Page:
It is obvious: Christine Lagarde is French

I’ll shout and I’ll scream and I’ll stamp my feet.  There.  Did it help?  Nope – still not got a job.  Let me see…who is it that owes me a job?  Whose responsibility is it to find me one?  Why haven’t I got one?  I looked.  There is nothing in the charter of human rights that says I can demand a job.  Nowhere did god give me a right to a job – or anyone else.  I know I’ll blame the Tory cuts.

I have heard mention of Tory Cuts several times this week.  I find that an interesting description.  I saw a policeman standing behind a clear plastic shield at Dale Farm last week being hit by a man with a long handled shovel, as hard as he could, and it was called police provocation.  (I notice that that particular shot was only aired on the news once while the tazering, with the prior assault by a heavy wooden beam edited out, got many airings.)  I feel sure that the cuts are not being done because the Conservative party think it will get them lots of friends or win the next election for them.  However if we did not have Tory cuts then what might we have?

I gave a simple analysis how sacking a £30,000 a year civil servant  saved the government £28,000.  I did not continue to show how, as a consequence two £15,000 a year jobs will also be lost in the area where that civil servant lives.  What has happened is that instead of the government paying for the person to work they pay him not to work…at a much lower rate.  This does not stop him getting another job, or the other two people.  What has happened is that instead of our taxes paying for him to work, £28,000 less taxes are paid for him not to work.  The other two were being paid by the government as well.  These people were in general fooled into thinking they had jobs by the Labour party.  All they had was money that came from people with non-government jobs.

How do we get to a decent economy?  Don’t start from here.  What?  For the last 13 years of Labour government two things happened.  First a lot of money was borrowed and spent.  I have detailed this in my early blogs and recently have calculated the body count for doing it.  Second a lot of future expenditure was brought forward wth PFI thus spending the tax revenue of our children and grandchildren today (yesterday).  At the same time we as individuals ran up a lot of debts.  This spending of debt increased the GDP over the duration of the Labour government by about 2% a year.  Look at the UK GDP growth graph and step it down by 2% – not pretty reading.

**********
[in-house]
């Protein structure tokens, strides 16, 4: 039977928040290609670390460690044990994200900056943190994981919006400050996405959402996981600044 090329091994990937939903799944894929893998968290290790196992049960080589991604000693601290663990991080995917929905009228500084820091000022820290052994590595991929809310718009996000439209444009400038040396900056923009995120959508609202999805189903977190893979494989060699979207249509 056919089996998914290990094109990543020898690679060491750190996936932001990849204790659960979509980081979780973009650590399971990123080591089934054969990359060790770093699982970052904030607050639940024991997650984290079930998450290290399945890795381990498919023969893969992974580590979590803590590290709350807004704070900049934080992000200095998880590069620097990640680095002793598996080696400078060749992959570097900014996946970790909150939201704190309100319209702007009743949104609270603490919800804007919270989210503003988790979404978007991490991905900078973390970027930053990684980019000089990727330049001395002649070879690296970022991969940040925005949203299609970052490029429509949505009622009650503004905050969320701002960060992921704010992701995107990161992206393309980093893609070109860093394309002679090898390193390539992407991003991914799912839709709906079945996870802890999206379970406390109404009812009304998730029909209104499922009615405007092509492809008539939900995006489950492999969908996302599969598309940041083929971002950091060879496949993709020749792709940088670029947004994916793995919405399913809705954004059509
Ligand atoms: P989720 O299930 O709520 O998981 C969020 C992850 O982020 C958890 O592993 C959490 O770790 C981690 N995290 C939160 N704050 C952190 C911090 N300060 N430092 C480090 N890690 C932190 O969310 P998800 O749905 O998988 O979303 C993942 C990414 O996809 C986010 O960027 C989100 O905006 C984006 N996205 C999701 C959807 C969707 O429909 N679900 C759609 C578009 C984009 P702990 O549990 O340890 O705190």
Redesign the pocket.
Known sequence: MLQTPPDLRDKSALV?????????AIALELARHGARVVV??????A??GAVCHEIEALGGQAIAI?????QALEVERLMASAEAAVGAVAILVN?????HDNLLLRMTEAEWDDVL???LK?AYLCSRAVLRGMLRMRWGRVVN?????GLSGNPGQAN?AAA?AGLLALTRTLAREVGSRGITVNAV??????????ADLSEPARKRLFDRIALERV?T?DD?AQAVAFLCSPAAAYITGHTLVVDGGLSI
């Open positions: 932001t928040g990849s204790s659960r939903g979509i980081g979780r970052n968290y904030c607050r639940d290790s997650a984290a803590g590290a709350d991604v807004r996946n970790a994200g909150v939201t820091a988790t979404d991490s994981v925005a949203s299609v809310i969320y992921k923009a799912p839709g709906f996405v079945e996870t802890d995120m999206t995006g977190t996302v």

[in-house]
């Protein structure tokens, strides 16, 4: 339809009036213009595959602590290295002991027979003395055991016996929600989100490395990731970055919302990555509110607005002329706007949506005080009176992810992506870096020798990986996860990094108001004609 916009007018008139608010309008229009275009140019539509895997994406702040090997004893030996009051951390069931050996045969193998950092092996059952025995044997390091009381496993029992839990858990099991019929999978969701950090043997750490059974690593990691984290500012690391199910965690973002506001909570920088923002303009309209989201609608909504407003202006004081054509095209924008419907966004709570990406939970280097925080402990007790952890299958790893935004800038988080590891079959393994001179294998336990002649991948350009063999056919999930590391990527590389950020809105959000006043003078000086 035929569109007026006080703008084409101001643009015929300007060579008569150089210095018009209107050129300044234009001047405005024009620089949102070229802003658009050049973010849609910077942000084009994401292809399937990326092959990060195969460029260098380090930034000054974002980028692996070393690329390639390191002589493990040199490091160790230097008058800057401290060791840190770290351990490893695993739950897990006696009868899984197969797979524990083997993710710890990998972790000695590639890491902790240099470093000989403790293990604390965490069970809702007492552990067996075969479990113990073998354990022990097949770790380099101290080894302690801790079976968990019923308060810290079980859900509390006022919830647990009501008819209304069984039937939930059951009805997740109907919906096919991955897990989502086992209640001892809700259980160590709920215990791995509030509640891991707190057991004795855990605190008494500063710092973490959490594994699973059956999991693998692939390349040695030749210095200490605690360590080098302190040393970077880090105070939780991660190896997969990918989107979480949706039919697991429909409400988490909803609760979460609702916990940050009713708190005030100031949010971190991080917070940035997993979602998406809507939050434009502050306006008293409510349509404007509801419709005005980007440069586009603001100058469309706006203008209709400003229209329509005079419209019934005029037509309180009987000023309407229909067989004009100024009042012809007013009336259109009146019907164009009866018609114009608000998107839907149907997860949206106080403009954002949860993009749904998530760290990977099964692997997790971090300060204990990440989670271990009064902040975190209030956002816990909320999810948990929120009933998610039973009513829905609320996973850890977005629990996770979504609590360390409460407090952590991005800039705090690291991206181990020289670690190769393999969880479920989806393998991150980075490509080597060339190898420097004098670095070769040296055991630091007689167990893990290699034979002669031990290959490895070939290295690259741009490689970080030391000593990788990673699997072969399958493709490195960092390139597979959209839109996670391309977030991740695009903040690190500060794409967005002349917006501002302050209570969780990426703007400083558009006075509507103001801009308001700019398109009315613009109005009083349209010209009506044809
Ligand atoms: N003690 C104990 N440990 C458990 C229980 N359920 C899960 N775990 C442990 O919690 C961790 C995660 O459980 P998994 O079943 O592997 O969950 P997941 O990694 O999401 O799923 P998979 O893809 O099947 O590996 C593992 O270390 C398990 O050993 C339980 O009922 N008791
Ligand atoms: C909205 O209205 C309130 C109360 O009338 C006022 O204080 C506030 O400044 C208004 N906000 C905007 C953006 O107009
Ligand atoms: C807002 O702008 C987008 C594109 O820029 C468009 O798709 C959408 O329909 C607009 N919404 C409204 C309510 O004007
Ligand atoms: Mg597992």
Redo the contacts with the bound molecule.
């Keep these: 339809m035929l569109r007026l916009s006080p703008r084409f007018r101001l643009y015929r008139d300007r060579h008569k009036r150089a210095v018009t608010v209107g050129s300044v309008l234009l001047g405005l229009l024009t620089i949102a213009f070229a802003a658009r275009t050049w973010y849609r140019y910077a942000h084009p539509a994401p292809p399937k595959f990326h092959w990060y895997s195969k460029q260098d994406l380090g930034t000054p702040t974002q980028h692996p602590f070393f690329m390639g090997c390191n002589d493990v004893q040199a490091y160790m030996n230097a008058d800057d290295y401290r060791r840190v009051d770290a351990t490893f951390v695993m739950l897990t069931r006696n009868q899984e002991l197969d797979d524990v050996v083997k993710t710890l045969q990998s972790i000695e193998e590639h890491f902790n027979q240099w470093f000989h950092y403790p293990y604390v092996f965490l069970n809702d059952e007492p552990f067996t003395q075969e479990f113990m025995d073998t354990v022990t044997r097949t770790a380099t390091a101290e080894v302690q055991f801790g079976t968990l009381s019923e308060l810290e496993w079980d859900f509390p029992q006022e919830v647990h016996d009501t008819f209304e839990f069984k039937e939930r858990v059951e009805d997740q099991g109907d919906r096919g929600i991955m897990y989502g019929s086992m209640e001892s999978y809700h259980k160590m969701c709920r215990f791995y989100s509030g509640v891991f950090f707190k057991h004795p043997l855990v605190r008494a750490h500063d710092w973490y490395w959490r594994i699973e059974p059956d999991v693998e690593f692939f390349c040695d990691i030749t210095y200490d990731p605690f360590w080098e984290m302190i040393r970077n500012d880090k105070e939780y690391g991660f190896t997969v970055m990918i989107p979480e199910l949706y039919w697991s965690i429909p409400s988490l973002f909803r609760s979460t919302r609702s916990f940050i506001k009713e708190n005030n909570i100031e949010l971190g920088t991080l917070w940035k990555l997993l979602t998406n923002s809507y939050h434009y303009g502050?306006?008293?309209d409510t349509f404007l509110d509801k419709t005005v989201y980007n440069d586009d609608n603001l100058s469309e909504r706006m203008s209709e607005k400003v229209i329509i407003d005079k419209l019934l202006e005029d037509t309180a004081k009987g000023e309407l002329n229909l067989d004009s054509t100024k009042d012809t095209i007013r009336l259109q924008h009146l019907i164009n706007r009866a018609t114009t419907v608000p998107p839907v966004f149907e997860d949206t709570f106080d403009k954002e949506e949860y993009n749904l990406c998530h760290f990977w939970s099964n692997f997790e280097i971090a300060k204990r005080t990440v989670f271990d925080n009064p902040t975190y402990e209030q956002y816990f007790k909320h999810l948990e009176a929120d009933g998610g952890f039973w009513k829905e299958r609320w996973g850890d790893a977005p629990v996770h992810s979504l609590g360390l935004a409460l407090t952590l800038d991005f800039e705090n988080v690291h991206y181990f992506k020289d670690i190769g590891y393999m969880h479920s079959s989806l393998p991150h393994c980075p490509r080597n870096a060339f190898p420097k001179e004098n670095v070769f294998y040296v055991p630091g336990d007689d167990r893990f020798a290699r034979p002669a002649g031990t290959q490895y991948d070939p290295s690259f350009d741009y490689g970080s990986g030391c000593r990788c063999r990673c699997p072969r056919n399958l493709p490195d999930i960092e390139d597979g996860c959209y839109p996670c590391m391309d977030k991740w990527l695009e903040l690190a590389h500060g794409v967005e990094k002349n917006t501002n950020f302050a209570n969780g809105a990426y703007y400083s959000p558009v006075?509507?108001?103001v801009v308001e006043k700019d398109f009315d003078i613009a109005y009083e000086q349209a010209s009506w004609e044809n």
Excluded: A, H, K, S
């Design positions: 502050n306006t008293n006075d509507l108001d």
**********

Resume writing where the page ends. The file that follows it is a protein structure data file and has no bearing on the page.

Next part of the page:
The Labour party thought it a huge giggle, leaving a note at the treasury saying they were really sorry but all the money had gone.  Indeed there is well document evidence of a frenzy of spending and committing to spending in the last weeks in power when they knew they were going to lose the election, just to ensure that there would be a structural deficit in place for the incoming government.

When we get to debt that is 85% of GDP we are at the point of a debt default spiral.  You want to know what one of those is?  Look at Greece.  This is the situation where Chirstine Lagarde runs your country for you.  She made enough of a mess of France I don’t want her running the UK.  In that situation the IMF requires cuts down to the bone that make the ‘Tory cuts’ look like scratches that barely break the skin.

Even with Tory cuts we are still going to increase the national debt by half a trillion before we get to surplus (no deficit) and can start to pay back the money we owe.  Clearly, paying back money we borrowed and spent means that we no longer have the extra borrowings to spend and some of our own money that we had got used to spending has instead to be used to pay off debt.  More importantly a lot of it is used to pay the interest on the loans.

If our economy was growing at 5% a year then we needn’t bother with any of this.  We can runalong increasing debt just behind the 85% of GDP mark…until growth stops.

We are faced with two choices.  The Conservatives are saying that they will cut expenditure and get us into surplus asap.  Will this work?  I think the chances are small to zero.

What of the Labour plan?  They are saying that we need to keep borrowing and spending.  We need to employ people on the government payroll.  They have some idea that the money can be spent to get growth so that the borrowing can tag along behind the 85% line.  This expenditure will ensure growth so that the deceit can continue until such time as growth fails.  What a load of tosh.  Then what happens?  Look at Greece except a lot worse…maybe Zimbabwe is a better model.  When you have a problem that you can’t service your debts, or your children can’t, then the Labour view is that you solve the problem by borrowing more.

I can very accurately assess the chances of the Labour plan working.

It is obvious: Christine Lagarde is French and I don’t want her running the UK

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Lie down

Posted by chrisrick13 on October 21, 2011

It is obvious: if you are going to lie make it unbelievable

Lehman Brothers was a classic example of my trigger theory.  That one was not so small!  In no small measure before and increasingly after, independent commentators warned of coming problems and in particular those of the Eurozone.  The PIIGS acronym was coined some time ago.